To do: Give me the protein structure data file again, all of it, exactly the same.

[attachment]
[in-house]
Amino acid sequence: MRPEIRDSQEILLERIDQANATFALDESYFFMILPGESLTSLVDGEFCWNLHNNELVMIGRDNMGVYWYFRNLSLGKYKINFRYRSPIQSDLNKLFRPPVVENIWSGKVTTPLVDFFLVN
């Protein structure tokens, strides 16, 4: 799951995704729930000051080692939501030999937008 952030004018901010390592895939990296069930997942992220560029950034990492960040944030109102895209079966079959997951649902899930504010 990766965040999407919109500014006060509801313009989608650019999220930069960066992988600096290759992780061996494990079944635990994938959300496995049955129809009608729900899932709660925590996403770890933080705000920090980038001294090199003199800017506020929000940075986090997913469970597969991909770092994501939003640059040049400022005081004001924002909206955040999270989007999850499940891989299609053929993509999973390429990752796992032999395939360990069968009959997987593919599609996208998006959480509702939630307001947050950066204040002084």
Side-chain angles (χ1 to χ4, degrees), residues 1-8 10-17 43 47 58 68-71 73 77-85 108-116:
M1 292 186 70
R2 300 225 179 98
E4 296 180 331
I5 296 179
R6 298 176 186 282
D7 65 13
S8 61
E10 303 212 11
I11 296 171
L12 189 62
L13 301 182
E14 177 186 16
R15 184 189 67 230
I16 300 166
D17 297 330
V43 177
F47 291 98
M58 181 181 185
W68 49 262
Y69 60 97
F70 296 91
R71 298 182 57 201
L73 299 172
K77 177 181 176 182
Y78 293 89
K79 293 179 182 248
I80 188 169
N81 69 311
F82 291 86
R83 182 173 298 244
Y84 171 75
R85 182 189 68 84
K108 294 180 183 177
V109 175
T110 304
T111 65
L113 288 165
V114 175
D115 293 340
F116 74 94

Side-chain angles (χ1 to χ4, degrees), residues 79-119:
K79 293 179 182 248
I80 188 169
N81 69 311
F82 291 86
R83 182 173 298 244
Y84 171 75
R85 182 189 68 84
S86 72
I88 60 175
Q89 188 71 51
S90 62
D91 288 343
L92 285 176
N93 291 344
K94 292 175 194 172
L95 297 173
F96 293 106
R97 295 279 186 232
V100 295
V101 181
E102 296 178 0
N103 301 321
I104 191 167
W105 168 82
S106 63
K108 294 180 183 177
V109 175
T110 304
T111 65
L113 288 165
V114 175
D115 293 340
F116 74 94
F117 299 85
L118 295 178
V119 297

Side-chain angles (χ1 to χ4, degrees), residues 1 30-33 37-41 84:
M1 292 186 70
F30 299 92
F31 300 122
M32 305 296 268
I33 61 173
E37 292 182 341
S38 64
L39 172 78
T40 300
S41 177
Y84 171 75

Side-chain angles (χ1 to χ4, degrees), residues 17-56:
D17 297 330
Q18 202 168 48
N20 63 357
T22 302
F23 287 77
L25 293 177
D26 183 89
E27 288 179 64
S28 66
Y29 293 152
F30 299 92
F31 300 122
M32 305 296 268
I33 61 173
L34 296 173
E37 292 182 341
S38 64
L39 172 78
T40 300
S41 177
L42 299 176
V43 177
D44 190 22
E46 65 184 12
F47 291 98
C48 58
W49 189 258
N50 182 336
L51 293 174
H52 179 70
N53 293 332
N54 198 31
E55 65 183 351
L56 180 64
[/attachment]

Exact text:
[in-house]
Amino acid sequence: MRPEIRDSQEILLERIDQANATFALDESYFFMILPGESLTSLVDGEFCWNLHNNELVMIGRDNMGVYWYFRNLSLGKYKINFRYRSPIQSDLNKLFRPPVVENIWSGKVTTPLVDFFLVN
């Protein structure tokens, strides 16, 4: 799951995704729930000051080692939501030999937008 952030004018901010390592895939990296069930997942992220560029950034990492960040944030109102895209079966079959997951649902899930504010 990766965040999407919109500014006060509801313009989608650019999220930069960066992988600096290759992780061996494990079944635990994938959300496995049955129809009608729900899932709660925590996403770890933080705000920090980038001294090199003199800017506020929000940075986090997913469970597969991909770092994501939003640059040049400022005081004001924002909206955040999270989007999850499940891989299609053929993509999973390429990752796992032999395939360990069968009959997987593919599609996208998006959480509702939630307001947050950066204040002084």
Side-chain angles (χ1 to χ4, degrees), residues 1-8 10-17 43 47 58 68-71 73 77-85 108-116:
M1 292 186 70
R2 300 225 179 98
E4 296 180 331
I5 296 179
R6 298 176 186 282
D7 65 13
S8 61
E10 303 212 11
I11 296 171
L12 189 62
L13 301 182
E14 177 186 16
R15 184 189 67 230
I16 300 166
D17 297 330
V43 177
F47 291 98
M58 181 181 185
W68 49 262
Y69 60 97
F70 296 91
R71 298 182 57 201
L73 299 172
K77 177 181 176 182
Y78 293 89
K79 293 179 182 248
I80 188 169
N81 69 311
F82 291 86
R83 182 173 298 244
Y84 171 75
R85 182 189 68 84
K108 294 180 183 177
V109 175
T110 304
T111 65
L113 288 165
V114 175
D115 293 340
F116 74 94

Side-chain angles (χ1 to χ4, degrees), residues 79-119:
K79 293 179 182 248
I80 188 169
N81 69 311
F82 291 86
R83 182 173 298 244
Y84 171 75
R85 182 189 68 84
S86 72
I88 60 175
Q89 188 71 51
S90 62
D91 288 343
L92 285 176
N93 291 344
K94 292 175 194 172
L95 297 173
F96 293 106
R97 295 279 186 232
V100 295
V101 181
E102 296 178 0
N103 301 321
I104 191 167
W105 168 82
S106 63
K108 294 180 183 177
V109 175
T110 304
T111 65
L113 288 165
V114 175
D115 293 340
F116 74 94
F117 299 85
L118 295 178
V119 297

Side-chain angles (χ1 to χ4, degrees), residues 1 30-33 37-41 84:
M1 292 186 70
F30 299 92
F31 300 122
M32 305 296 268
I33 61 173
E37 292 182 341
S38 64
L39 172 78
T40 300
S41 177
Y84 171 75

Side-chain angles (χ1 to χ4, degrees), residues 17-56:
D17 297 330
Q18 202 168 48
N20 63 357
T22 302
F23 287 77
L25 293 177
D26 183 89
E27 288 179 64
S28 66
Y29 293 152
F30 299 92
F31 300 122
M32 305 296 268
I33 61 173
L34 296 173
E37 292 182 341
S38 64
L39 172 78
T40 300
S41 177
L42 299 176
V43 177
D44 190 22
E46 65 184 12
F47 291 98
C48 58
W49 189 258
N50 182 336
L51 293 174
H52 179 70
N53 293 332
N54 198 31
E55 65 183 351
L56 180 64